YORKTON – In April long-time Yorkton City Councillor Randy Goulden was elected the new president of the Saskatchewan Urban Municipalities Association.
Delegates to the recent SUMA convention elected Goulden over Shaunavon Mayor Kyle Bennett.
“It’s a little overwhelming to get all the support that I did,” Goulden told Yorkton This Week after she had returned from the convention.
Goulden said it was also gratifying that so many people she had made connections with over her 20-years on the SUMA board supported her election bid.
Yorkton Mayor Mitch Hippsley said it was great to see a local councillor get the top job with SUMA.
“We’re extremely excited and happy for her,” he said.
Hippsley said the real winner is Saskatchewan.
“She’s going to be excellent for the province. Because she knows small towns,” he said, adding that will make her a fine advocate for communities across Saskatchewan. “It’s huge for the province of Saskatchewan to have her on board.”
Goulden had been acting as interim president of SUMA since the resignation of Rodger Hayward after just a year in the role.
Hayward, mayor of Naicam, departed as president in February after accepting a promotion at United Agri Products Canada Inc., his regular employer. Hayward had defeated incumbent Gordon Barnhart during the 2021 SUMA election.
Goulden had been interim president in 2016 for a short time as well, but did not seek the top spot then.
“The first time I wasn’t ready,” she said, adding that this time she knew “from the bottom of my heart” that she “was ready” to take on the top role.
“I have the time, the energy, to take on this role.”
While Goulden said she is not the sole voice for SUMA, with an active board to support her, she will be the face of SUMA as it deals with a number of key issues.
From the outset Goulden said it will be about creating a team atmosphere.
“It’s about cooperation and collaboration with our members and with our partners,” she said.
Goulden said SUMA will also be strongly advocating to be part of discussions when the senior levels of government, national and provincial, talk about issues and policies which impact municipalities.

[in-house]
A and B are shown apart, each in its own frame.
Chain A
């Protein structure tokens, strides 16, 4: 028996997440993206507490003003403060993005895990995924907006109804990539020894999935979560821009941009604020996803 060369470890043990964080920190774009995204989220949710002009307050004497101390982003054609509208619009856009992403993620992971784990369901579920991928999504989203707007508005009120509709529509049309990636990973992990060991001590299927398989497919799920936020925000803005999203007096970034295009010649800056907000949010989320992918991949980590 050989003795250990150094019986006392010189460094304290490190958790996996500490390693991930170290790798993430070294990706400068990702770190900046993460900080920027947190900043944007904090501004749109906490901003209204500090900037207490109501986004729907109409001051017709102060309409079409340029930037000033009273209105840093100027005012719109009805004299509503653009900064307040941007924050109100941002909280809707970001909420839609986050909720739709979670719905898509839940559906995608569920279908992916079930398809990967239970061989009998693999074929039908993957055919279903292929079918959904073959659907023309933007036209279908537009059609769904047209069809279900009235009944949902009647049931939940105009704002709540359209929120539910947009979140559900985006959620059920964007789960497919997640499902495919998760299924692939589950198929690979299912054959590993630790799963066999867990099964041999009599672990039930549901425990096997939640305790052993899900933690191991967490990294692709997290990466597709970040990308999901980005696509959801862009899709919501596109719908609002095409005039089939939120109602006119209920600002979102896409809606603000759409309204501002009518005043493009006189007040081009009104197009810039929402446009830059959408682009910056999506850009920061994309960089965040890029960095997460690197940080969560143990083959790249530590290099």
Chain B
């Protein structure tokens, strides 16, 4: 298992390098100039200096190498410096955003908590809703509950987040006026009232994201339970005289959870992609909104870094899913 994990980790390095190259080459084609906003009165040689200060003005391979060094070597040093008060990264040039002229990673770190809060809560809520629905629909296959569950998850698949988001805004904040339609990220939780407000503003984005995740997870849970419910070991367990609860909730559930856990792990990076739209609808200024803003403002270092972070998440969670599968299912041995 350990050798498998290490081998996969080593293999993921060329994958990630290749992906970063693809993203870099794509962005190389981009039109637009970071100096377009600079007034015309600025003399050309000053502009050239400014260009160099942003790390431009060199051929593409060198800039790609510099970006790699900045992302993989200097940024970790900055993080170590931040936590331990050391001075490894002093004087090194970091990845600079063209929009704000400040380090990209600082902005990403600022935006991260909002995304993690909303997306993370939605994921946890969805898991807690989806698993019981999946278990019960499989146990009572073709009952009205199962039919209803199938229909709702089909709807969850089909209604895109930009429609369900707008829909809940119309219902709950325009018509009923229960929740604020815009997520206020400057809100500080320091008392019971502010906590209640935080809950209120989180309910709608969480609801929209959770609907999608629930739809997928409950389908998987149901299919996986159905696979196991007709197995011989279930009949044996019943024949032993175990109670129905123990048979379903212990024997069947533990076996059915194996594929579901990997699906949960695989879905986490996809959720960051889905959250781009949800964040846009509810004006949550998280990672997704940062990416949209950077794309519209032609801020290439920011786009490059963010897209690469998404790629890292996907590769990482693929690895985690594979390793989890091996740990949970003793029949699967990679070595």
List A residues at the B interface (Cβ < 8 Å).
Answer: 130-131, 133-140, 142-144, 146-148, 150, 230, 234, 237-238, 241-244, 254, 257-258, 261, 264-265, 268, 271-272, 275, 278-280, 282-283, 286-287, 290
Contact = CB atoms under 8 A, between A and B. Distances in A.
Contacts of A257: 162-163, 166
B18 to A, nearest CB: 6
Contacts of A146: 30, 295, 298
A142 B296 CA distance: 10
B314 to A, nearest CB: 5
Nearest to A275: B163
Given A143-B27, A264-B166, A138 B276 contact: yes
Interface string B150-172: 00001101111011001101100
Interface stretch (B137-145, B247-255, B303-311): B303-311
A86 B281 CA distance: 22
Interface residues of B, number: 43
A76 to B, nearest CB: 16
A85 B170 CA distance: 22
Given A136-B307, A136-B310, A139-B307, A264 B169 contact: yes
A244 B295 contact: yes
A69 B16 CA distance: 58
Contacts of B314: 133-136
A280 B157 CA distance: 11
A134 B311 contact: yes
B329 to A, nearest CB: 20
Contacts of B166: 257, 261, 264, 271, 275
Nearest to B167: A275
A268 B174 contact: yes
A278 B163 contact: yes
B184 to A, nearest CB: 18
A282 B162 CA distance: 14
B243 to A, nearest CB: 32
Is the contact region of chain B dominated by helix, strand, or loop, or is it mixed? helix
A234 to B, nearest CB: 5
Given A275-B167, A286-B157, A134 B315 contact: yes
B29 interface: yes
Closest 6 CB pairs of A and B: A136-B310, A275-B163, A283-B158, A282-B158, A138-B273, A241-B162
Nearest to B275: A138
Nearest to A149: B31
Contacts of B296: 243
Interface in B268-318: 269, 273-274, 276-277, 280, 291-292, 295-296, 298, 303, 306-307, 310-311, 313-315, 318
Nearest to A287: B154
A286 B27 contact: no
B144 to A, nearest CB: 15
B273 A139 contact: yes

“We need a seat at the table with other levels of government,” she said.
As for specific issues, there are a number which were discussed over the convention, said Goulden.
For example, she said municipalities are finding they have a role to play in the area of mental health and addictions in their communities.
“Health has never been a municipal responsibility,” she noted, adding that is the role of the federal and provincial governments, but the area of mental health and addictions is being felt at the community level. “I heard that loud and clear it’s an issue happening in our communities.”
There were also concerns about provincial revenue sharing, which is tied to provincial sales tax and as a result declined last year. It’s a decline in funding which will affect what municipalities can do.
Goulden said SUMA has asked the province “to freeze” the transfers in the budget,” but added “we didn’t see that.”
There was also general concern from municipalities of all size regarding the impact on a new RCMP contract which will significantly increase annual policing costs, and immediately hits municipalities with a hefty payout for back pay.
“RCMP costs are absolutely a concern . . . We’re hearing it from all our members,” said Goulden.
Goulden was first elected to Yorkton Council in 1997, and has sat since except for one three-year hiatus. She has been active in leadership roles with SUMA for years. She has been on the SUMA board for two decades and has been a representative with Federation of Canadian Municipalities.